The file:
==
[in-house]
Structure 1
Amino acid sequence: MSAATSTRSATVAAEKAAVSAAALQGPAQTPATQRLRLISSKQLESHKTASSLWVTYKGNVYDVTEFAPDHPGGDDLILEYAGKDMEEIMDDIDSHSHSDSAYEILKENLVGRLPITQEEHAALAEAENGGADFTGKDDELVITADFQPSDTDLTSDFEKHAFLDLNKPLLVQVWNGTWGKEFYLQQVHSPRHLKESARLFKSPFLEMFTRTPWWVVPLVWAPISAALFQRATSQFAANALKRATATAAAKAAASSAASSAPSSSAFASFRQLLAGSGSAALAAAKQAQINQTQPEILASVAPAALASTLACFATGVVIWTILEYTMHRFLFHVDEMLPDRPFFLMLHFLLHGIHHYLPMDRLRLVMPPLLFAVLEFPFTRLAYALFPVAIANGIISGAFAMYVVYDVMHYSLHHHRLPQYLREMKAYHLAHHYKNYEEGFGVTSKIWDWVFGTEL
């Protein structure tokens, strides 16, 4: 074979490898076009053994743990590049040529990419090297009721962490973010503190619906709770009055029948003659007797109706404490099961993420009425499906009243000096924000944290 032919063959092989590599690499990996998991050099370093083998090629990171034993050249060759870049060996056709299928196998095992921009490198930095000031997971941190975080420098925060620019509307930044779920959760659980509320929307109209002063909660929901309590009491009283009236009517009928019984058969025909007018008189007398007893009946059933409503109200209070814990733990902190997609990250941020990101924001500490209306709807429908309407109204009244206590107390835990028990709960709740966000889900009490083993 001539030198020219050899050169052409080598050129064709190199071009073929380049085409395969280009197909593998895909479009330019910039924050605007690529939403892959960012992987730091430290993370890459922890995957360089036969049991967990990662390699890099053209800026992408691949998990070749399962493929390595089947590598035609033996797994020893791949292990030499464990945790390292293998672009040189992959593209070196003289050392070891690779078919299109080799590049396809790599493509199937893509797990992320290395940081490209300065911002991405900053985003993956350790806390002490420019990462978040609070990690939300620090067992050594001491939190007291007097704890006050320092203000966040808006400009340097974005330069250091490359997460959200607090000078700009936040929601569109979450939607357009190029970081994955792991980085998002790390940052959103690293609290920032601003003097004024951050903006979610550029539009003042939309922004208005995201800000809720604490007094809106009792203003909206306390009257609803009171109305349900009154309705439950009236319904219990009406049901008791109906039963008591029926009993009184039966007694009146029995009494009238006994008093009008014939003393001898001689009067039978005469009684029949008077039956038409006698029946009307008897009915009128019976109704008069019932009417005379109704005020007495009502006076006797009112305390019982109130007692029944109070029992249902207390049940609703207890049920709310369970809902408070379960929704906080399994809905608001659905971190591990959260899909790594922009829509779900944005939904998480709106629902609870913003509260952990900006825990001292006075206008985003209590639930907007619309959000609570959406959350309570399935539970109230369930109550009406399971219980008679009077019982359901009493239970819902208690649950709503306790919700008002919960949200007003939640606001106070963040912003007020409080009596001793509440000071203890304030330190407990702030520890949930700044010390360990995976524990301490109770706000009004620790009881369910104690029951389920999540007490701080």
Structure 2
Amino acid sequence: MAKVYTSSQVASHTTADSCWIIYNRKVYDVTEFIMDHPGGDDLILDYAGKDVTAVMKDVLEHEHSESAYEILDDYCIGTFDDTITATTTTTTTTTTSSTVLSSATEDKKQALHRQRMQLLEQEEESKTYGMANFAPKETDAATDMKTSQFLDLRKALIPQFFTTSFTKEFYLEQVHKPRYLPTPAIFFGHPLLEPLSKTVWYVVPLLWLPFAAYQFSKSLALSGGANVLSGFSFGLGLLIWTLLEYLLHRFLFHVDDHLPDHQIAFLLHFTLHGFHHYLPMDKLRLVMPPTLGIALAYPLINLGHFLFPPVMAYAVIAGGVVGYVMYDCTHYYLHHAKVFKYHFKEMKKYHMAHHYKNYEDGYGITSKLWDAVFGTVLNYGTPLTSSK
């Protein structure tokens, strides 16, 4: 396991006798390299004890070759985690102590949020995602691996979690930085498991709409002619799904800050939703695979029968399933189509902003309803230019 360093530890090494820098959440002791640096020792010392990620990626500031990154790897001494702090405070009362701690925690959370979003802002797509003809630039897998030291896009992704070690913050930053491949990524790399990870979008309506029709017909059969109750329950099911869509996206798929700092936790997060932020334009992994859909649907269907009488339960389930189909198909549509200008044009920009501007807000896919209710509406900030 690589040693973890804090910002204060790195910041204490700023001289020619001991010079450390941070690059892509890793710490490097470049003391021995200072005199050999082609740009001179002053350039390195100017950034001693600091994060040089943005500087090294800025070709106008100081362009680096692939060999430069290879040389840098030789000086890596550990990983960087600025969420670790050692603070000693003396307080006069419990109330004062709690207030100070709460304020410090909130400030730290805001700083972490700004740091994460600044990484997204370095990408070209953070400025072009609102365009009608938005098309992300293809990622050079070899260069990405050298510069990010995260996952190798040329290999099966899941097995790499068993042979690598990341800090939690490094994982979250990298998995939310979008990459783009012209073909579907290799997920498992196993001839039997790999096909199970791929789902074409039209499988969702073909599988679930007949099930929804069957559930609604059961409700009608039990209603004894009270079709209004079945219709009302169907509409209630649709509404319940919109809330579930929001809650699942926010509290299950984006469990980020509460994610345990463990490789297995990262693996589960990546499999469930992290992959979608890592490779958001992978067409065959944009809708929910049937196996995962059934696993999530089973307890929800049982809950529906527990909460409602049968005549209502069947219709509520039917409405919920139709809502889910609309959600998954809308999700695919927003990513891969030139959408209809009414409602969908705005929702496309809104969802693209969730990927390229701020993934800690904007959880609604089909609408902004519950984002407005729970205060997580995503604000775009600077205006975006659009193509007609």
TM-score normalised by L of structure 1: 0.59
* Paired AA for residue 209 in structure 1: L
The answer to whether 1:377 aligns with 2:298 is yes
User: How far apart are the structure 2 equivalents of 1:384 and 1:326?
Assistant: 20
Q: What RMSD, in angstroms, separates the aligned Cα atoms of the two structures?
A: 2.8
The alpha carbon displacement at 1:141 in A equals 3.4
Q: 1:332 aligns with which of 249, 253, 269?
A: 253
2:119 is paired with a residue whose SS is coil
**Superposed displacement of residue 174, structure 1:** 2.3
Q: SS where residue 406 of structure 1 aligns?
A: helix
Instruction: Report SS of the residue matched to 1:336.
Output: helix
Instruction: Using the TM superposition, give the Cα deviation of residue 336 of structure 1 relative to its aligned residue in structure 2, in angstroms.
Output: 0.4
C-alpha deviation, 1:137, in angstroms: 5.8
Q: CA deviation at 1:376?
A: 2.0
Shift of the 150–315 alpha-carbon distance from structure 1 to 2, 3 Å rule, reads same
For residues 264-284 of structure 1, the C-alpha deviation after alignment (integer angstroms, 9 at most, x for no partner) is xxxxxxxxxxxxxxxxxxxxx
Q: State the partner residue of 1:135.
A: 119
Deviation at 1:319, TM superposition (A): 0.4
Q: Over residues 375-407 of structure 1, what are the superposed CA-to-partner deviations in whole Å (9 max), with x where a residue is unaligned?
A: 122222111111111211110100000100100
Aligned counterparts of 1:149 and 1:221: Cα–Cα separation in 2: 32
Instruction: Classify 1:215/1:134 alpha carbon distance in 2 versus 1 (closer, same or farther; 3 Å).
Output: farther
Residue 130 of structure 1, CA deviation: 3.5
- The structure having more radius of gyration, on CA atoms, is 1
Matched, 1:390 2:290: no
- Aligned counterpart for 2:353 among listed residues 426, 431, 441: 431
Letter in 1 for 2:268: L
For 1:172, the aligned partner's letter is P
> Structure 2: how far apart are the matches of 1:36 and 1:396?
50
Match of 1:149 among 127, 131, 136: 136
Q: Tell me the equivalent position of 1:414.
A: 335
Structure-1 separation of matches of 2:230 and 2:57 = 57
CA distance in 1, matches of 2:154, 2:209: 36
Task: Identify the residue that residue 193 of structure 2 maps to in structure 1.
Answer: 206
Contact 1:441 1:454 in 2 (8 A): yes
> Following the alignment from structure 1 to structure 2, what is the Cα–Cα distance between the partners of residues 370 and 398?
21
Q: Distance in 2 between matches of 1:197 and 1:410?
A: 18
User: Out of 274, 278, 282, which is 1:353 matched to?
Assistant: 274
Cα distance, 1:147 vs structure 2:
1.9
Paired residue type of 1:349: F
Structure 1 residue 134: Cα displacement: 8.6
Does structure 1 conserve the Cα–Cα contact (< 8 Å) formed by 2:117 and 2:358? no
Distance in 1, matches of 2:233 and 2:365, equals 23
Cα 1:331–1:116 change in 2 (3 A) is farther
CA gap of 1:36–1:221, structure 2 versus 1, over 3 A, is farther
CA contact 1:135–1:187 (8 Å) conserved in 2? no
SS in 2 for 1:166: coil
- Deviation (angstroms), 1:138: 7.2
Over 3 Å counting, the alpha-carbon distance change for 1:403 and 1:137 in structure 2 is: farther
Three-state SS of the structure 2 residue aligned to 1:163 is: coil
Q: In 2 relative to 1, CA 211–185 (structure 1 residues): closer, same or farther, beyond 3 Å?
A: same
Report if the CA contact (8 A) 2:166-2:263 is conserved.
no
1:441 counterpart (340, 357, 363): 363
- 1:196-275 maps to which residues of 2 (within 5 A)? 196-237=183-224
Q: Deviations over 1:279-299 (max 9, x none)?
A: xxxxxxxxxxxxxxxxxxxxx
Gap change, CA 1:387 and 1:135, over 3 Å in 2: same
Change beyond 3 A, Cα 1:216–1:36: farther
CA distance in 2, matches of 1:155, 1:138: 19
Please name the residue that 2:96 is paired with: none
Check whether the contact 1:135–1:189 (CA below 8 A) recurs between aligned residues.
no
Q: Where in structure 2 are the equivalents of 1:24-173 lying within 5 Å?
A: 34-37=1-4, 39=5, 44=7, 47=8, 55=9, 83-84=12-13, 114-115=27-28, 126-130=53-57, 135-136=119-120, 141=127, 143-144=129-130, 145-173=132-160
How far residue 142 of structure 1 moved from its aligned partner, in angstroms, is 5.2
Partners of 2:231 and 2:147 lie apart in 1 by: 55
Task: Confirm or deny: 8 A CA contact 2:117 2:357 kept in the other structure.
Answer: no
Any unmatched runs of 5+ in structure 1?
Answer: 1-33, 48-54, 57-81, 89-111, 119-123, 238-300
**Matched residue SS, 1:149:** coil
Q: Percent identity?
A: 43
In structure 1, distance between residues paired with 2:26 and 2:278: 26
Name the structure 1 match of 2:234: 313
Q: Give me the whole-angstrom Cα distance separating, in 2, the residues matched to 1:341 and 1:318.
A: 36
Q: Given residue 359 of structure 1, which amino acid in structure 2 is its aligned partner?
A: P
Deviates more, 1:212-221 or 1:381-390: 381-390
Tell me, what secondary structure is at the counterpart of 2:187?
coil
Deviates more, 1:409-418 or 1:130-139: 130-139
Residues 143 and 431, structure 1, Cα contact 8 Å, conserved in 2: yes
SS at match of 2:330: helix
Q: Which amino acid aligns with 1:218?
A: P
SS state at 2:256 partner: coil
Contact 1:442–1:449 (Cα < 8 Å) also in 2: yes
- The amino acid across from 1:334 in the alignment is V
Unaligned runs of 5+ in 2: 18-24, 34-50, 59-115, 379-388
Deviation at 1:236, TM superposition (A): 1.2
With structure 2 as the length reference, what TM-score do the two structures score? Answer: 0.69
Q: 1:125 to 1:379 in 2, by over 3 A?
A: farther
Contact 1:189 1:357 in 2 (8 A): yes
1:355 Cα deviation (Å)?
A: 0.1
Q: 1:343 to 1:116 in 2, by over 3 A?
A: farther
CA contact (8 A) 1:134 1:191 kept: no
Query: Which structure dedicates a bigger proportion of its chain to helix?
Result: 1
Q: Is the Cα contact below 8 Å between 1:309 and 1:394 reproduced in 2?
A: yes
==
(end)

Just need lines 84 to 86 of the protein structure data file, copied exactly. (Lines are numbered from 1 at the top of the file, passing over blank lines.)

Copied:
CA distance in 2, matches of 1:155, 1:138: 19
Please name the residue that 2:96 is paired with: none
Check whether the contact 1:135–1:189 (CA below 8 A) recurs between aligned residues.